I’m working on a c++ data analysis project. My workflow goes like this

- Analyze the data and build models
- Optimize the code for latency, to deploy for production
- goto 1

Step 1 has lots of machine learning parameters, using which I test very minor variations of algorithms. In step 2, I clean up the unused parts of the code (non optimal parameters), optimize code for latency (changing maps to arrays for example), and deploy the code. These modifications are done directly on the step 1’s code. No separate branch in maintained.

When new data is obtained and step 1 is required to be repeated, I would have lost the ability to test minor variations of an algorithm. One way to solve this is to maintain two branches. One will be an experimental branch, which has all the parameters for the minor variations of the algorithm. Another branch will be latency optimized code. But, the problem here is any small change in experimental branch will need to be repeated in the latency optimized branch, because there two branches cannot be merged. There are huge differences (even new files appearing) between experimental branch and latency optimized branch, which hinder direct merging.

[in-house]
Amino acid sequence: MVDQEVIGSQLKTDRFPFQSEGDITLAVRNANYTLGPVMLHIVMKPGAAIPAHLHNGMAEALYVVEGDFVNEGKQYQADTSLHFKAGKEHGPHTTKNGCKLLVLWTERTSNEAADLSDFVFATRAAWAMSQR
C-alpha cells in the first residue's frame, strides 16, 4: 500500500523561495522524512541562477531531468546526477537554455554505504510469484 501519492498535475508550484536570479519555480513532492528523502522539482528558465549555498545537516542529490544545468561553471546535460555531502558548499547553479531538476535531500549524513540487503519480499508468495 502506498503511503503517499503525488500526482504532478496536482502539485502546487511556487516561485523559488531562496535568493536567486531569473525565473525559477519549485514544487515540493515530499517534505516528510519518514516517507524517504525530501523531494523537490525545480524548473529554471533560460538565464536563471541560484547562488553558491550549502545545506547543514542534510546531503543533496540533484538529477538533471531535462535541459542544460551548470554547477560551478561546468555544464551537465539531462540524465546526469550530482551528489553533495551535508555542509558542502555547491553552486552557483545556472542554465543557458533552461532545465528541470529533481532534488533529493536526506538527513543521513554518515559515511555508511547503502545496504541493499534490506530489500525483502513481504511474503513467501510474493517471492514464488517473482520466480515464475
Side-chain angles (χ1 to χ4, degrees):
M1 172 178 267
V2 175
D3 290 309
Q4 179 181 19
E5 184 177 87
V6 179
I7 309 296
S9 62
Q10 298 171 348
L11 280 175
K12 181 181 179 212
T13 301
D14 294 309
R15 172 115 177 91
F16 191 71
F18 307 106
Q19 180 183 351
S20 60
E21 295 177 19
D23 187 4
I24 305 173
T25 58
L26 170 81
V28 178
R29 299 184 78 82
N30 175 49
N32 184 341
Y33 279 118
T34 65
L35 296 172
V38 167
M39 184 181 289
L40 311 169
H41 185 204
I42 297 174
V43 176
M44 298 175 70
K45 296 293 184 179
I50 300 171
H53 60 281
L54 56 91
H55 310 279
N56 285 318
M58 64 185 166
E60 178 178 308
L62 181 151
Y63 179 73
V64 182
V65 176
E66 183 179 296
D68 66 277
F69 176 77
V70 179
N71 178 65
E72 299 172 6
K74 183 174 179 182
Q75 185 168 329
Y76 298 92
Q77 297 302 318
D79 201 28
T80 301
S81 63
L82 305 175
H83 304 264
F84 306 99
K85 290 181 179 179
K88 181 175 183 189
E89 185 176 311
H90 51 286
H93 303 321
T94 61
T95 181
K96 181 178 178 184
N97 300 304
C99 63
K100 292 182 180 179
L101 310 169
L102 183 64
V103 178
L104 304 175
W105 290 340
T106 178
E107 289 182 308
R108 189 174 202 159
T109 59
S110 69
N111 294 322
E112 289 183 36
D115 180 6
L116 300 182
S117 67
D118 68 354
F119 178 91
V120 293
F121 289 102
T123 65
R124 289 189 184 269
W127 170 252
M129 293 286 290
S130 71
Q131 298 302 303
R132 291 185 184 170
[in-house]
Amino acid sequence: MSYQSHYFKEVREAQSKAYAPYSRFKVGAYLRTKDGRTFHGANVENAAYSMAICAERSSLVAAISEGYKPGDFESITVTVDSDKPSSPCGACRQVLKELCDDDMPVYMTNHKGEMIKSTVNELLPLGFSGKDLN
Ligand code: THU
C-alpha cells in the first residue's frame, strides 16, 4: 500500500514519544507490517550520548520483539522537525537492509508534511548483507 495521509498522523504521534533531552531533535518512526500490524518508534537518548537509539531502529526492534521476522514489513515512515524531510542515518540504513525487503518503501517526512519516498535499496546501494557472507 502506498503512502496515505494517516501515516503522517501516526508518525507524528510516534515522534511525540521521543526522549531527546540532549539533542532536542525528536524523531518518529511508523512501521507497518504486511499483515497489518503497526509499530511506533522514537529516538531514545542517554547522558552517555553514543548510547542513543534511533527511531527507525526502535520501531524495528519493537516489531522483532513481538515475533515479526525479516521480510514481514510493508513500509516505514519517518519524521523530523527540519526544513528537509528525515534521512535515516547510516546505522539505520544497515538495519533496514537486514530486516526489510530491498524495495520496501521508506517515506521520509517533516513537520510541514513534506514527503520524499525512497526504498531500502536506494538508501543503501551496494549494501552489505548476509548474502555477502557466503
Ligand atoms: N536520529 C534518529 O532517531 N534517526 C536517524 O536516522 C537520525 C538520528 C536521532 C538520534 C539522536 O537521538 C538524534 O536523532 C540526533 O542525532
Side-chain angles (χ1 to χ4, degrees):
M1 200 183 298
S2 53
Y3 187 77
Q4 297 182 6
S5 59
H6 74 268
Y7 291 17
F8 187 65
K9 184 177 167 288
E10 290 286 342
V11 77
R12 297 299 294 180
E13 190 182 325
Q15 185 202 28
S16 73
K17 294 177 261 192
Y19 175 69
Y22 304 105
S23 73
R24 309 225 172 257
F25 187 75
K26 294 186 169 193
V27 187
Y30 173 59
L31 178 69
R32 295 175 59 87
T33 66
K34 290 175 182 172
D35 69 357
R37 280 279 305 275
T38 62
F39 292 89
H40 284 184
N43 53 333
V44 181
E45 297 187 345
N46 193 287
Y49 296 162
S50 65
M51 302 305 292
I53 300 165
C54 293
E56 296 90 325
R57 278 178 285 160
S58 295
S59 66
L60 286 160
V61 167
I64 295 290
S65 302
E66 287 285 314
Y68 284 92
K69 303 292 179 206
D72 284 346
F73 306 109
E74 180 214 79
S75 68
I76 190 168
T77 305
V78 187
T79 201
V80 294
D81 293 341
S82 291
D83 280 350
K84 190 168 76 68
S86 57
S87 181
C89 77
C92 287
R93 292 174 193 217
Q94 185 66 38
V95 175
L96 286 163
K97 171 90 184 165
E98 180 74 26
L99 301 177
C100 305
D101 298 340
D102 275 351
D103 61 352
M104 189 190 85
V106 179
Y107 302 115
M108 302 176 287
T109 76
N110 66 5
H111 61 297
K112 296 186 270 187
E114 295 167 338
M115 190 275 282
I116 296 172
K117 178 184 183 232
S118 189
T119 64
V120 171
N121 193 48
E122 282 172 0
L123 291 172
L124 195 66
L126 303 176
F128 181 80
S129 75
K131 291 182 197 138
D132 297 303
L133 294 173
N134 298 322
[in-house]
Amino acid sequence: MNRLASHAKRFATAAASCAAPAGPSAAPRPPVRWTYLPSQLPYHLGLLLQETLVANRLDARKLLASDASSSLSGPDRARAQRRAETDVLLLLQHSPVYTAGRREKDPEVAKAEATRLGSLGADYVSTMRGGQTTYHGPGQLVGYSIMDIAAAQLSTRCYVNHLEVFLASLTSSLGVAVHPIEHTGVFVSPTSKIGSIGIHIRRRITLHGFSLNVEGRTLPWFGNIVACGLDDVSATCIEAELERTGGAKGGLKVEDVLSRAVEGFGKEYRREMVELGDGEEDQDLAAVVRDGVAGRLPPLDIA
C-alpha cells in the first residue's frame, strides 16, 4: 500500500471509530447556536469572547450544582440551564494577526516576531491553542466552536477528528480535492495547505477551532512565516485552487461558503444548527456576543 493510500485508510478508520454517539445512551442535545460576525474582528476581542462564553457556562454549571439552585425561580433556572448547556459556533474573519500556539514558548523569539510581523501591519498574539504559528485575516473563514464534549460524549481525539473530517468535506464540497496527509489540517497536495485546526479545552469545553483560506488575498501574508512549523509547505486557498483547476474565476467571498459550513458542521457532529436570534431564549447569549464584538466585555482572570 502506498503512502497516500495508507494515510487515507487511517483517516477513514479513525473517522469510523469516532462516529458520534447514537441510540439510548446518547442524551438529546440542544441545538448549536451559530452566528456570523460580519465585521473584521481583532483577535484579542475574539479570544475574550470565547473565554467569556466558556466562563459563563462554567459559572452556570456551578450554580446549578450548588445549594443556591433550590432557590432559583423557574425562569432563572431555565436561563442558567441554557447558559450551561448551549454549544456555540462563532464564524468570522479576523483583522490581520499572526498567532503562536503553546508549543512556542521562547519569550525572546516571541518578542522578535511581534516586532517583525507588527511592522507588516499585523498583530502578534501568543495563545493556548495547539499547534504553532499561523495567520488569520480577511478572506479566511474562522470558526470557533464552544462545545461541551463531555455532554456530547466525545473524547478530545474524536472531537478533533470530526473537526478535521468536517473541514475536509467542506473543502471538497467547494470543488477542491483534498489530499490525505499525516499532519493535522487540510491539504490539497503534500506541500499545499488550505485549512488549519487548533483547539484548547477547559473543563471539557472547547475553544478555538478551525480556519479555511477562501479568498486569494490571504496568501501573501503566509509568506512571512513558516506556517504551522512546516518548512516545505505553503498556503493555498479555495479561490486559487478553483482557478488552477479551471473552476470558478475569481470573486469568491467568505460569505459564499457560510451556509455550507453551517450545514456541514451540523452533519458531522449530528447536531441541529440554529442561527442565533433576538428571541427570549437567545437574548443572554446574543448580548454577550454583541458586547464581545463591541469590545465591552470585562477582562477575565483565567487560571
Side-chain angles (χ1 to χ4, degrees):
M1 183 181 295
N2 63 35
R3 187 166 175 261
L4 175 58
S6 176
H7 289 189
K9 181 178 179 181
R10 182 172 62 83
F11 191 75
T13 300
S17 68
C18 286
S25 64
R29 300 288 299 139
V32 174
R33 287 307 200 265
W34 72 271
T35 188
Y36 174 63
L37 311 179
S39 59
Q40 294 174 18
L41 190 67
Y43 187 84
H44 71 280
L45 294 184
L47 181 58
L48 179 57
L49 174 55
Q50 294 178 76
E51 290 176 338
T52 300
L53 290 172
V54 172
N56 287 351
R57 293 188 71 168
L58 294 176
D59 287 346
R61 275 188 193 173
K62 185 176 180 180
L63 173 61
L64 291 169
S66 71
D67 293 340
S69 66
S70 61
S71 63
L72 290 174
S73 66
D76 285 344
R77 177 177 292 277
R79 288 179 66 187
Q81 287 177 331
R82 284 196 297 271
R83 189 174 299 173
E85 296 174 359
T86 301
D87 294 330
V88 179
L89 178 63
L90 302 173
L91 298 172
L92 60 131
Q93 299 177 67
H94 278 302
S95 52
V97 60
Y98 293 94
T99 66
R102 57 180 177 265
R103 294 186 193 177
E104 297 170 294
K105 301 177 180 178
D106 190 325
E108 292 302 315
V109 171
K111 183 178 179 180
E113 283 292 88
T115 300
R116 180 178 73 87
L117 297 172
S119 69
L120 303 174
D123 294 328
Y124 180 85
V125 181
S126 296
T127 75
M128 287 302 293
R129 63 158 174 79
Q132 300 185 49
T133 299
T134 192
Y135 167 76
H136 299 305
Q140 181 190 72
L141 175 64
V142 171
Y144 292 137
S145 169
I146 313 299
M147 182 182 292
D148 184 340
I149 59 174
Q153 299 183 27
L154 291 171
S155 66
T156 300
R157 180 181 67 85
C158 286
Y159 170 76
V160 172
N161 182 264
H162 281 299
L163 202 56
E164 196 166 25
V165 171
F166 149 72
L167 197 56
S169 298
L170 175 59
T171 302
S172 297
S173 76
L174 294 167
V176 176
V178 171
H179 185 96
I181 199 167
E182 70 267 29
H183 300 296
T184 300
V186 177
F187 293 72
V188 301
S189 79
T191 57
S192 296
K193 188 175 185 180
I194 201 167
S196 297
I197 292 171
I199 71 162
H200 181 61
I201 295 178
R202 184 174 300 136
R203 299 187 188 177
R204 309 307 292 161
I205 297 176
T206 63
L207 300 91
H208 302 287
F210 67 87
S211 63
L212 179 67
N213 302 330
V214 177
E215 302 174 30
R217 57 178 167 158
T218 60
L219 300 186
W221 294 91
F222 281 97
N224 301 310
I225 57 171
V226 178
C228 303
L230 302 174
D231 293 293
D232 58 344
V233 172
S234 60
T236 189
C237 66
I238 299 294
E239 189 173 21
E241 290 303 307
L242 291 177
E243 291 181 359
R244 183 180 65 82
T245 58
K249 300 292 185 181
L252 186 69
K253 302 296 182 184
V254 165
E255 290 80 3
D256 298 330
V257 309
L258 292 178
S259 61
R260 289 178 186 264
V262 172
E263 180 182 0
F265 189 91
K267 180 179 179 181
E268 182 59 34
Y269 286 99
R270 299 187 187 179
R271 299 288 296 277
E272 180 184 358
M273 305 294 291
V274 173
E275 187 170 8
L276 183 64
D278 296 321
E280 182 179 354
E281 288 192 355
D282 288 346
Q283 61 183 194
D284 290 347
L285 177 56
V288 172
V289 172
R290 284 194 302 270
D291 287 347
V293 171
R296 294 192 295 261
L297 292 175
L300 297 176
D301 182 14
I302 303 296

Is there any other way to solve this?

EDIT1: Another example of step 2

For the sake of illustration, lets say step 1 leads me to a predictor y = f(x) = floor(x^3 + 3*x^2 + 5*x), where floor(z) = (value of integer closest but <= z). x in (0, 100).

The basic way to make prediction (in deployment) is to evaluate f(x).

But, observe that the whole function is discrete in output and increasing. So, another way to predict is to store ranges of x, which map to y = 1, 2, …, and do binary search on it.

This will lead to maintaining a vector with entries,

{(lbx_1, y_1), (lbx_2, y_2), …}, where y_i = i, lbx_i gives the least value of x such that f(x) >= y_i.

In this case, for any input, a simple binary search will fetch the prediction much faster.

(In practice, f(x) is much more complicated than the above mentioned function).

The latency optimized branch will have this map for prediction.

The experimental branch will evaluate the function.

But I also need the general evaluator for experimentation, in case my predictor turns out to say y = f(x) = (x – 1)^2.